Lately, I’ve been reflecting on the importance of the attitudinal component of mindfulness. Mindfulness is more than just mechanically paying attention in the present moment. Mind you, the awareness and self-regulation of attention that comes through training the mind to be in the present moment is worth developing. It is great for focus and sustained concentration. But, back to the main story. In mindfulness, how we pay attention is just as important as the basics of attention training. A mindful attitude is characterised by curiosity, care, non-judgementalness, acceptance, patience and more. These attitudinal qualities can be cultivated through mindfulness meditation and in daily life.
Cultivating mindful attitudes in daily life
A great way to cultivate these attitudes in daily life is to notice when the opposite attitude is present – when we have shut down, are not interested, are judgemental, resist something and are impatient. When these attitudes are present we usually feel tight and disconnected. They are a reaction to not having what we want (or having what we don’t want) and generally are maintained through a repeated story in the mind that “this shouldn’t be happening.” Those tight and disconnected feelings can provide useful information. It is helpful to acknowledge their nature and notice what else is present (bodily sensations, emotions, thoughts, judgements). That tight and disconnected state becomes unhelpful if it reactively determines our behaviour (which it so often does). Pausing in these moments and tuning in with interest to what we are feeling can be a useful way to move out of the “story” and come back into a non-reactive presence. This can be done through bringing a curious, caring, patient attention to what is present in the body. The pause helps us to bring key parts of our brain back on-line (pre-frontal cortex) so that we are able to make choices that are more skilful.
Remembering to pause
Without a doubt, every day will deliver multiple moments to notice resistance, reaction and judgementalness. The trick is to remember to pause in those moments, notice and name what is going on. For example, before tweeting abusive comments about the judiciary, a head of state might pause. In pausing, he/she might notice an increase of heat in the body, identify an upsurge of anger and revenge, witness thoughts such as “They can’t do this to ME!” In the pause, it then becomes possible to move out of the reactivity of fight/flight/freeze and chose a response that is more consistent with the rule of law and recognises the value of the separation of power in a democracy.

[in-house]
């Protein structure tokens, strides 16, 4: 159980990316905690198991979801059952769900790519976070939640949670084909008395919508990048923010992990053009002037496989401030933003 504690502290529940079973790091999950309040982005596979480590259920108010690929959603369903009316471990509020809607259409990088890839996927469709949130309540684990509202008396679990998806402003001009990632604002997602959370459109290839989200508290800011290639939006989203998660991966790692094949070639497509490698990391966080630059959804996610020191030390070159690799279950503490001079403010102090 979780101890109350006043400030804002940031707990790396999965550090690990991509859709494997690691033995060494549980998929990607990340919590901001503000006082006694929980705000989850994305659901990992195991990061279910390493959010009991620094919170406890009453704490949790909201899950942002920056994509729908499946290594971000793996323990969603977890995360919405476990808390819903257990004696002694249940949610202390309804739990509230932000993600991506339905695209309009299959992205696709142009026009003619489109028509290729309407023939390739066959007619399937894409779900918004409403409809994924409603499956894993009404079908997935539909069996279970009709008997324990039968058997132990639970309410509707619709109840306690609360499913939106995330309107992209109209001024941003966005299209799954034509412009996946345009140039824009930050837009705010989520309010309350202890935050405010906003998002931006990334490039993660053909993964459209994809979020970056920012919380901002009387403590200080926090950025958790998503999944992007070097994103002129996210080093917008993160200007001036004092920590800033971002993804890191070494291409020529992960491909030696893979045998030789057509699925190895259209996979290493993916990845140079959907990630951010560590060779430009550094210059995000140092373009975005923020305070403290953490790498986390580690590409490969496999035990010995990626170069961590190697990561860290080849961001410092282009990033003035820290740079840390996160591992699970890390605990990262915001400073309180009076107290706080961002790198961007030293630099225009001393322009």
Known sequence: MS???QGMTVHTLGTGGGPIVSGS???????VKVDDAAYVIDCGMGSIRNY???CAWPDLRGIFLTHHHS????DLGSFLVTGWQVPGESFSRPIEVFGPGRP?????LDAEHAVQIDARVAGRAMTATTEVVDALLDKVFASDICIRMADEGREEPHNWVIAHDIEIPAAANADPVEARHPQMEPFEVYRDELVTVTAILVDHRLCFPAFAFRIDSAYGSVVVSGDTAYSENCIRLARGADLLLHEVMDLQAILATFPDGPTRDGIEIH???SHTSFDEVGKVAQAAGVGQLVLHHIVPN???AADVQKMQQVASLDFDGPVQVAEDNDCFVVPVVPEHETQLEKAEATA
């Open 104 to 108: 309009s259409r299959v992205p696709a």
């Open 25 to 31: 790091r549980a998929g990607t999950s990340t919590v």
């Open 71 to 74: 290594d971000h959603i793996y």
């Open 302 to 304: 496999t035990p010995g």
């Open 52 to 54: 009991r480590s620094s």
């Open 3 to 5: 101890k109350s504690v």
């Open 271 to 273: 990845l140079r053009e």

It is the same process for those of us who are not heads of state. When the person in front of you in the queue finds yet another thing to ask, there may be an opportunity to observe a movement into reactivity. As your reactivity is revving up, pause and experiment with re-connecting with some of the attitudinal qualities of mindfulness: acceptance, non-judgementalness, patience… It is not easy but these attitudes are worth developing. You come out ahead as does everyone else.
Research into attitudinal components of mindfulness
Some interesting recent experimental research shows the benefits of remembering these attitudes. In the research, people underwent a public speaking stress test and were then implicitly primed with mindfulness principles such as “letting go,” “present moment,” “non-judgmental” and “acceptance.” This was done in such a way that the participants were not aware that this was happening (details in the research). Compared to the control group, participants who were implicitly reminded of these mindfulness principles/attitudes had lower perceived stress and a greater decline in cortisol. There was no meditation involved – it was simply being reminded of these attitudes that seems to have lowered stress.
Don’t be fooled though. If you want to have access to those beneficial mindful attitudes it helps to intentionally cultivate them. They don’t always arise automatically. Mindfulness meditation is one of the best ways to develop them. Mindfulness meditation provides a laboratory in which we observe changes in the body, mind and emotions. Bringing curiosity, care, acceptance, non-judgementalness and patience to what we observe during our mindfulness meditation is how we strengthen our access to these mindful attitudes.
Try it out for yourself and see what happens.
Kathryn Choules (PhD)
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